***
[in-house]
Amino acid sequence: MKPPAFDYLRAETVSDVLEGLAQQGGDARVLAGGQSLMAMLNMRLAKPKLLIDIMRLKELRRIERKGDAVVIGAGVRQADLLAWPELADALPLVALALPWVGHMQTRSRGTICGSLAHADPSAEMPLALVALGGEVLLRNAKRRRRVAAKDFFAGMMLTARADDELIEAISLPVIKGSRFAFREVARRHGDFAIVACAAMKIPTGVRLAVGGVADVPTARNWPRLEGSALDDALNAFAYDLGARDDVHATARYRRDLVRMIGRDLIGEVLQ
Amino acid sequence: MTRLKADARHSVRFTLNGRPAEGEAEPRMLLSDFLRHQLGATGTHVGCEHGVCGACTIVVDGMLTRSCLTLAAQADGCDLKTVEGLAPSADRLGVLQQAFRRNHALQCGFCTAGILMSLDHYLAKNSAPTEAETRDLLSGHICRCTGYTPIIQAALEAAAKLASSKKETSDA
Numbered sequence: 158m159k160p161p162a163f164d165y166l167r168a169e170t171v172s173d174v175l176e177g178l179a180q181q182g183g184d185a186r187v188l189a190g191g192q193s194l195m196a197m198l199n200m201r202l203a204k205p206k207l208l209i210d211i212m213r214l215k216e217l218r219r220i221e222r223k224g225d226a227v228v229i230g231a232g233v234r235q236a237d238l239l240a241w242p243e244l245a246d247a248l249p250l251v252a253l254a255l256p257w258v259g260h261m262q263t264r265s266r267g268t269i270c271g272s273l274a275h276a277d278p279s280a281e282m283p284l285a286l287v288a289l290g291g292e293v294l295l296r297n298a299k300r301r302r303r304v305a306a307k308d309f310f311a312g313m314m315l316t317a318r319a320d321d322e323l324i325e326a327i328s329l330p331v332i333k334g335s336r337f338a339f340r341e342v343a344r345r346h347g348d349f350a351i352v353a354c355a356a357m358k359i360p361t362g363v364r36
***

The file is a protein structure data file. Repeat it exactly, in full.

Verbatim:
[in-house]
Amino acid sequence: MKPPAFDYLRAETVSDVLEGLAQQGGDARVLAGGQSLMAMLNMRLAKPKLLIDIMRLKELRRIERKGDAVVIGAGVRQADLLAWPELADALPLVALALPWVGHMQTRSRGTICGSLAHADPSAEMPLALVALGGEVLLRNAKRRRRVAAKDFFAGMMLTARADDELIEAISLPVIKGSRFAFREVARRHGDFAIVACAAMKIPTGVRLAVGGVADVPTARNWPRLEGSALDDALNAFAYDLGARDDVHATARYRRDLVRMIGRDLIGEVLQ
Amino acid sequence: MTRLKADARHSVRFTLNGRPAEGEAEPRMLLSDFLRHQLGATGTHVGCEHGVCGACTIVVDGMLTRSCLTLAAQADGCDLKTVEGLAPSADRLGVLQQAFRRNHALQCGFCTAGILMSLDHYLAKNSAPTEAETRDLLSGHICRCTGYTPIIQAALEAAAKLASSKKETSDA
Numbered sequence: 158m159k160p161p162a163f164d165y166l167r168a169e170t171v172s173d174v175l176e177g178l179a180q181q182g183g184d185a186r187v188l189a190g191g192q193s194l195m196a197m198l199n200m201r202l203a204k205p206k207l208l209i210d211i212m213r214l215k216e217l218r219r220i221e222r223k224g225d226a227v228v229i230g231a232g233v234r235q236a237d238l239l240a241w242p243e244l245a246d247a248l249p250l251v252a253l254a255l256p257w258v259g260h261m262q263t264r265s266r267g268t269i270c271g272s273l274a275h276a277d278p279s280a281e282m283p284l285a286l287v288a289l290g291g292e293v294l295l296r297n298a299k300r301r302r303r304v305a306a307k308d309f310f311a312g313m314m315l316t317a318r319a320d321d322e323l324i325e326a327i328s329l330p331v332i333k334g335s336r337f338a339f340r341e342v343a344r345r346h347g348d349f350a351i352v353a354c355a356a357m358k359i360p361t362g363v364r36